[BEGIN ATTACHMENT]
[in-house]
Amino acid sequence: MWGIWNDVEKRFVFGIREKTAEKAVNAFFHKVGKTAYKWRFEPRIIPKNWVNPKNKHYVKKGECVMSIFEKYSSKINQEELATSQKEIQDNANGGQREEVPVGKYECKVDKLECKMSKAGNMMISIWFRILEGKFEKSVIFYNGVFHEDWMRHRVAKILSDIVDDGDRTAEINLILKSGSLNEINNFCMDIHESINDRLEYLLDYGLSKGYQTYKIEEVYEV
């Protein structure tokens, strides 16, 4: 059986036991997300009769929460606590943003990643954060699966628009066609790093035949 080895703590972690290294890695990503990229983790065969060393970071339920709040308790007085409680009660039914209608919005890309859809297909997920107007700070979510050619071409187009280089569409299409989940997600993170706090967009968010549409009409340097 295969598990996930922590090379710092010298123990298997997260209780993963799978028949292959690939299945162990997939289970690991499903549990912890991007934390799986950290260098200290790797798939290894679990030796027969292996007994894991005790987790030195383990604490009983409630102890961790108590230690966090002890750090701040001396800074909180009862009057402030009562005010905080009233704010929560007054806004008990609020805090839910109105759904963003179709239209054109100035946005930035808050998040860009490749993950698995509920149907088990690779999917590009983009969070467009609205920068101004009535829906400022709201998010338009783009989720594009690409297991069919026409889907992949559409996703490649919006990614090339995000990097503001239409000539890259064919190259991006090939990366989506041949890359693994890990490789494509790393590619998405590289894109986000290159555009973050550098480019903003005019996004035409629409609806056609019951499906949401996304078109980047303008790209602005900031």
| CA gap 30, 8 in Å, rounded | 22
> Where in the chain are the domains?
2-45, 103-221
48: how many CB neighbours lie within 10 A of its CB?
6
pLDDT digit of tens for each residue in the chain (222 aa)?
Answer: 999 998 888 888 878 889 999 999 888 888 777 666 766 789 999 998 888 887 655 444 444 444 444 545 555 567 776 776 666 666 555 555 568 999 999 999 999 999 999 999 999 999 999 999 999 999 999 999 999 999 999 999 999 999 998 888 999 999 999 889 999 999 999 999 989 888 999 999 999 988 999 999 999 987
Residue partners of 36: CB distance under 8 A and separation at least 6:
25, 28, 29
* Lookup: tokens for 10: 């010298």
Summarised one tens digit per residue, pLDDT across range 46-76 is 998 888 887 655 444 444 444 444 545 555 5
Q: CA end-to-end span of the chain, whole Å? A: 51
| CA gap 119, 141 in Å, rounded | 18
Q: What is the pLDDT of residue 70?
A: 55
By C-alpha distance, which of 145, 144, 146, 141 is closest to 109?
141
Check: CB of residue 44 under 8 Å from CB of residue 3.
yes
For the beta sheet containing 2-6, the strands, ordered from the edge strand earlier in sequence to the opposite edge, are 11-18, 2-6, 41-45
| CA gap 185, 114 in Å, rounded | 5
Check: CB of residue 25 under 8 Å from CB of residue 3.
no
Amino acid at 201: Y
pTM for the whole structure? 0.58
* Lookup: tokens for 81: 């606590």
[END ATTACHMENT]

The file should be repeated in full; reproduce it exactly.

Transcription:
[in-house]
Amino acid sequence: MWGIWNDVEKRFVFGIREKTAEKAVNAFFHKVGKTAYKWRFEPRIIPKNWVNPKNKHYVKKGECVMSIFEKYSSKINQEELATSQKEIQDNANGGQREEVPVGKYECKVDKLECKMSKAGNMMISIWFRILEGKFEKSVIFYNGVFHEDWMRHRVAKILSDIVDDGDRTAEINLILKSGSLNEINNFCMDIHESINDRLEYLLDYGLSKGYQTYKIEEVYEV
């Protein structure tokens, strides 16, 4: 059986036991997300009769929460606590943003990643954060699966628009066609790093035949 080895703590972690290294890695990503990229983790065969060393970071339920709040308790007085409680009660039914209608919005890309859809297909997920107007700070979510050619071409187009280089569409299409989940997600993170706090967009968010549409009409340097 295969598990996930922590090379710092010298123990298997997260209780993963799978028949292959690939299945162990997939289970690991499903549990912890991007934390799986950290260098200290790797798939290894679990030796027969292996007994894991005790987790030195383990604490009983409630102890961790108590230690966090002890750090701040001396800074909180009862009057402030009562005010905080009233704010929560007054806004008990609020805090839910109105759904963003179709239209054109100035946005930035808050998040860009490749993950698995509920149907088990690779999917590009983009969070467009609205920068101004009535829906400022709201998010338009783009989720594009690409297991069919026409889907992949559409996703490649919006990614090339995000990097503001239409000539890259064919190259991006090939990366989506041949890359693994890990490789494509790393590619998405590289894109986000290159555009973050550098480019903003005019996004035409629409609806056609019951499906949401996304078109980047303008790209602005900031």
| CA gap 30, 8 in Å, rounded | 22
> Where in the chain are the domains?
2-45, 103-221
48: how many CB neighbours lie within 10 A of its CB?
6
pLDDT digit of tens for each residue in the chain (222 aa)?
Answer: 999 998 888 888 878 889 999 999 888 888 777 666 766 789 999 998 888 887 655 444 444 444 444 545 555 567 776 776 666 666 555 555 568 999 999 999 999 999 999 999 999 999 999 999 999 999 999 999 999 999 999 999 999 999 998 888 999 999 999 889 999 999 999 999 989 888 999 999 999 988 999 999 999 987
Residue partners of 36: CB distance under 8 A and separation at least 6:
25, 28, 29
* Lookup: tokens for 10: 């010298």
Summarised one tens digit per residue, pLDDT across range 46-76 is 998 888 887 655 444 444 444 444 545 555 5
Q: CA end-to-end span of the chain, whole Å? A: 51
| CA gap 119, 141 in Å, rounded | 18
Q: What is the pLDDT of residue 70?
A: 55
By C-alpha distance, which of 145, 144, 146, 141 is closest to 109?
141
Check: CB of residue 44 under 8 Å from CB of residue 3.
yes
For the beta sheet containing 2-6, the strands, ordered from the edge strand earlier in sequence to the opposite edge, are 11-18, 2-6, 41-45
| CA gap 185, 114 in Å, rounded | 5
Check: CB of residue 25 under 8 Å from CB of residue 3.
no
Amino acid at 201: Y
pTM for the whole structure? 0.58
* Lookup: tokens for 81: 């606590």